Reiss points to the children in Germany who contracted SSPE, and the medical costs, lost work hours, and expenses the families incurred. “Nothing can fully compensate these families for the suffering they went through,” she acknowledges. “However, monetary compensation can help the families rebuild their lives and prevent additional suffering from the financial, on top of the human, losses they suffered.” People who fail to vaccinate their children create real, sometimes catastrophic costs when they infect others. As a matter of justice, Reiss argues, those costs should be born by those who negligently decided, against all the scientific evidence, to expose others to risk.

Lawsuits have not been widely employed so far; Reiss told me that, to her knowledge, no one has actually sued someone for infecting their child due to failure to vaccinate. But lawsuits do have some advantages.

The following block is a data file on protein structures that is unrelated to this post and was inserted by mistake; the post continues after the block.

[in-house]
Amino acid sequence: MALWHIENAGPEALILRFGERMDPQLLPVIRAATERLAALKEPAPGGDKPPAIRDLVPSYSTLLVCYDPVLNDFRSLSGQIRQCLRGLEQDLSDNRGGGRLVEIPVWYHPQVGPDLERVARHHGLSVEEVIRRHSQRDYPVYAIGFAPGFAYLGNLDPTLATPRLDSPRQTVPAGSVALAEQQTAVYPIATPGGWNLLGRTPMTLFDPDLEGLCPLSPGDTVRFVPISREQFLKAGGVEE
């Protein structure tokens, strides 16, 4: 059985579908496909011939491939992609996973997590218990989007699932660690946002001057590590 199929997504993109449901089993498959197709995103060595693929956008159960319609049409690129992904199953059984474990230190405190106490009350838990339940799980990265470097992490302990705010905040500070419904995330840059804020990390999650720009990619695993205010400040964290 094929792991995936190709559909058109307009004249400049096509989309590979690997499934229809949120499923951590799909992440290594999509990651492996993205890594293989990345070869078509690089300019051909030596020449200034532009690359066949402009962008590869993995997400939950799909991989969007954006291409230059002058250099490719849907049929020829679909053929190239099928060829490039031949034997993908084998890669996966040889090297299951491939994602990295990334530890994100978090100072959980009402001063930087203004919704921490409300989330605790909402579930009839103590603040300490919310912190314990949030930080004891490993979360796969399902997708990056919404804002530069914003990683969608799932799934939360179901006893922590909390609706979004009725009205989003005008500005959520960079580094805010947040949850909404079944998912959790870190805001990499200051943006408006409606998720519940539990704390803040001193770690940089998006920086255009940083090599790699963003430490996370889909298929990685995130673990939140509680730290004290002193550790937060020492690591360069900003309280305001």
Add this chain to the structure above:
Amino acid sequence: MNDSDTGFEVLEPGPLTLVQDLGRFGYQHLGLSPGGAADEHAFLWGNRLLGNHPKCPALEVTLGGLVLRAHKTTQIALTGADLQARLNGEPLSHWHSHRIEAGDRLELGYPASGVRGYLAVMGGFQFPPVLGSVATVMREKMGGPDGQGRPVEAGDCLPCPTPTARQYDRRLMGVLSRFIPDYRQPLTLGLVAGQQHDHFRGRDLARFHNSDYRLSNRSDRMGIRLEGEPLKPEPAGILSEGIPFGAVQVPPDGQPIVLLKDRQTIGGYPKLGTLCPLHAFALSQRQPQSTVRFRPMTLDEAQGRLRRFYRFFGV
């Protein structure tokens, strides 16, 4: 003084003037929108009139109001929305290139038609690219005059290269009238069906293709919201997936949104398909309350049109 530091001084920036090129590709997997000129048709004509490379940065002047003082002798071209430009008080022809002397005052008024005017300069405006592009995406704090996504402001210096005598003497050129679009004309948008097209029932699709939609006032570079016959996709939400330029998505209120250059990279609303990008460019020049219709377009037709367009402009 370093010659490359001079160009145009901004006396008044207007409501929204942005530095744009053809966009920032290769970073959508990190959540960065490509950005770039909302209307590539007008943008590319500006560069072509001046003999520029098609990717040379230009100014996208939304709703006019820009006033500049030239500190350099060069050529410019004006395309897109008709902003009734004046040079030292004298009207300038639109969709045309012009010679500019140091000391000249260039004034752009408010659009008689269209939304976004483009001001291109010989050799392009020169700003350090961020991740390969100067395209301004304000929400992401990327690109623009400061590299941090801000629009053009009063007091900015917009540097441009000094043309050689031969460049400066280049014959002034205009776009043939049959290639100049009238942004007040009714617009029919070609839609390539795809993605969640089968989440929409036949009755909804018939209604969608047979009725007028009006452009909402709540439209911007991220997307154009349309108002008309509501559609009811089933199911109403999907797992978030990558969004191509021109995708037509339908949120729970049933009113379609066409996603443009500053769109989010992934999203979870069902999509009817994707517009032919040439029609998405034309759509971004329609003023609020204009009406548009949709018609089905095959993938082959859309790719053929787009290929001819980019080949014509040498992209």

Perhaps the biggest one is that they would be relatively simple to implement. Specific legislation authorizing lawsuits in these cases would make them easier to win, but such legislation isn’t necessary, Reiss argues. It’s true that many states offer exemptions for parents who don’t want to vaccinate their kids, but such exemptions don’t necessarily rule out lawsuits. State legislatures didn’t consider the issue of lawsuits when they created the exemptions, and “depriving a family who was harmed by another’s negligence is a big deal, and deciding the legislature did it inadvertently is a big leap,” Reiss told me. She added, “Actions can be legal but not reasonable. It’s legal to have a stack of hay in your yard, but if it’s a fire hazard and you start a fire, you may be liable … The fact that behavior is legal does not mean you’re not negligent to engage in it—and if you’re negligent and someone is hurt, in our system you usually have to pay.”